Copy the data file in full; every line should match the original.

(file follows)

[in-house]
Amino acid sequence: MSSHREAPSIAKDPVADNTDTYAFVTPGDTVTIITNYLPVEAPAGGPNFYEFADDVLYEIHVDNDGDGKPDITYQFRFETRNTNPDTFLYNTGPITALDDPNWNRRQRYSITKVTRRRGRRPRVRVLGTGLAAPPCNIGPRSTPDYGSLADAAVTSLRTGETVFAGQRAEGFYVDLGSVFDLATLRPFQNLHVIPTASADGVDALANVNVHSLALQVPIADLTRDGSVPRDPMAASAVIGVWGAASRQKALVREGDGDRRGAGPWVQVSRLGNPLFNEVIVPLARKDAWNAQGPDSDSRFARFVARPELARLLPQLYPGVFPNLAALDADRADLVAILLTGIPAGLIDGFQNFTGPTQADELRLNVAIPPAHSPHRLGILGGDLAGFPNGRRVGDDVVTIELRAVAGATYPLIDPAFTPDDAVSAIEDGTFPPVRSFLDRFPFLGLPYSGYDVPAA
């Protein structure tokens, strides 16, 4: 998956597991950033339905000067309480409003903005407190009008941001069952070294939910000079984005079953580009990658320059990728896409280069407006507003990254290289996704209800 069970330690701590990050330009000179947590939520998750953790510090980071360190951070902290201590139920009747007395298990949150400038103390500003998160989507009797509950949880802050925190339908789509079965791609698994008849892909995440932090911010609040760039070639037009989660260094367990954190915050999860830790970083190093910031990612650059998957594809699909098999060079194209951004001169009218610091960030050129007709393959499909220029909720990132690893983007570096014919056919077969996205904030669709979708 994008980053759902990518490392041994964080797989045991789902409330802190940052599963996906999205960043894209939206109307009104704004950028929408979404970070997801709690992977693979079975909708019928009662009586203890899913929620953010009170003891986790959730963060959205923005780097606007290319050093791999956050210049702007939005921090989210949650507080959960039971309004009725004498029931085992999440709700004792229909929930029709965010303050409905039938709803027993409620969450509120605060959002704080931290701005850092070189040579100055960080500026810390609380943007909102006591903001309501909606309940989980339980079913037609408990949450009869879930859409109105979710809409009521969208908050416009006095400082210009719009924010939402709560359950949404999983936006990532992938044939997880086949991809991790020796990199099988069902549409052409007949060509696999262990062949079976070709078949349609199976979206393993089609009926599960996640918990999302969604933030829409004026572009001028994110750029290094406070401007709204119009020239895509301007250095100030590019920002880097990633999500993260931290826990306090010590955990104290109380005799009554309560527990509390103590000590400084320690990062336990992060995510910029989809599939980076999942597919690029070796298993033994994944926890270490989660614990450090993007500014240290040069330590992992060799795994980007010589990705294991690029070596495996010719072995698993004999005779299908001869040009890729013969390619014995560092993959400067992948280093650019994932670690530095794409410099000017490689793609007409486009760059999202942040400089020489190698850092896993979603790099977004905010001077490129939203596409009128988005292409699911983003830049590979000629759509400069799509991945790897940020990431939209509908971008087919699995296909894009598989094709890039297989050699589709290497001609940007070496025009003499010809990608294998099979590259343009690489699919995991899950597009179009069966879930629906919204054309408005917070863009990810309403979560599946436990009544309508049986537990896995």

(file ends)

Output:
[in-house]
Amino acid sequence: MSSHREAPSIAKDPVADNTDTYAFVTPGDTVTIITNYLPVEAPAGGPNFYEFADDVLYEIHVDNDGDGKPDITYQFRFETRNTNPDTFLYNTGPITALDDPNWNRRQRYSITKVTRRRGRRPRVRVLGTGLAAPPCNIGPRSTPDYGSLADAAVTSLRTGETVFAGQRAEGFYVDLGSVFDLATLRPFQNLHVIPTASADGVDALANVNVHSLALQVPIADLTRDGSVPRDPMAASAVIGVWGAASRQKALVREGDGDRRGAGPWVQVSRLGNPLFNEVIVPLARKDAWNAQGPDSDSRFARFVARPELARLLPQLYPGVFPNLAALDADRADLVAILLTGIPAGLIDGFQNFTGPTQADELRLNVAIPPAHSPHRLGILGGDLAGFPNGRRVGDDVVTIELRAVAGATYPLIDPAFTPDDAVSAIEDGTFPPVRSFLDRFPFLGLPYSGYDVPAA
């Protein structure tokens, strides 16, 4: 998956597991950033339905000067309480409003903005407190009008941001069952070294939910000079984005079953580009990658320059990728896409280069407006507003990254290289996704209800 069970330690701590990050330009000179947590939520998750953790510090980071360190951070902290201590139920009747007395298990949150400038103390500003998160989507009797509950949880802050925190339908789509079965791609698994008849892909995440932090911010609040760039070639037009989660260094367990954190915050999860830790970083190093910031990612650059998957594809699909098999060079194209951004001169009218610091960030050129007709393959499909220029909720990132690893983007570096014919056919077969996205904030669709979708 994008980053759902990518490392041994964080797989045991789902409330802190940052599963996906999205960043894209939206109307009104704004950028929408979404970070997801709690992977693979079975909708019928009662009586203890899913929620953010009170003891986790959730963060959205923005780097606007290319050093791999956050210049702007939005921090989210949650507080959960039971309004009725004498029931085992999440709700004792229909929930029709965010303050409905039938709803027993409620969450509120605060959002704080931290701005850092070189040579100055960080500026810390609380943007909102006591903001309501909606309940989980339980079913037609408990949450009869879930859409109105979710809409009521969208908050416009006095400082210009719009924010939402709560359950949404999983936006990532992938044939997880086949991809991790020796990199099988069902549409052409007949060509696999262990062949079976070709078949349609199976979206393993089609009926599960996640918990999302969604933030829409004026572009001028994110750029290094406070401007709204119009020239895509301007250095100030590019920002880097990633999500993260931290826990306090010590955990104290109380005799009554309560527990509390103590000590400084320690990062336990992060995510910029989809599939980076999942597919690029070796298993033994994944926890270490989660614990450090993007500014240290040069330590992992060799795994980007010589990705294991690029070596495996010719072995698993004999005779299908001869040009890729013969390619014995560092993959400067992948280093650019994932670690530095794409410099000017490689793609007409486009760059999202942040400089020489190698850092896993979603790099977004905010001077490129939203596409009128988005292409699911983003830049590979000629759509400069799509991945790897940020990431939209509908971008087919699995296909894009598989094709890039297989050699589709290497001609940007070496025009003499010809990608294998099979590259343009690489699919995991899950597009179009069966879930629906919204054309408005917070863009990810309403979560599946436990009544309508049986537990896995």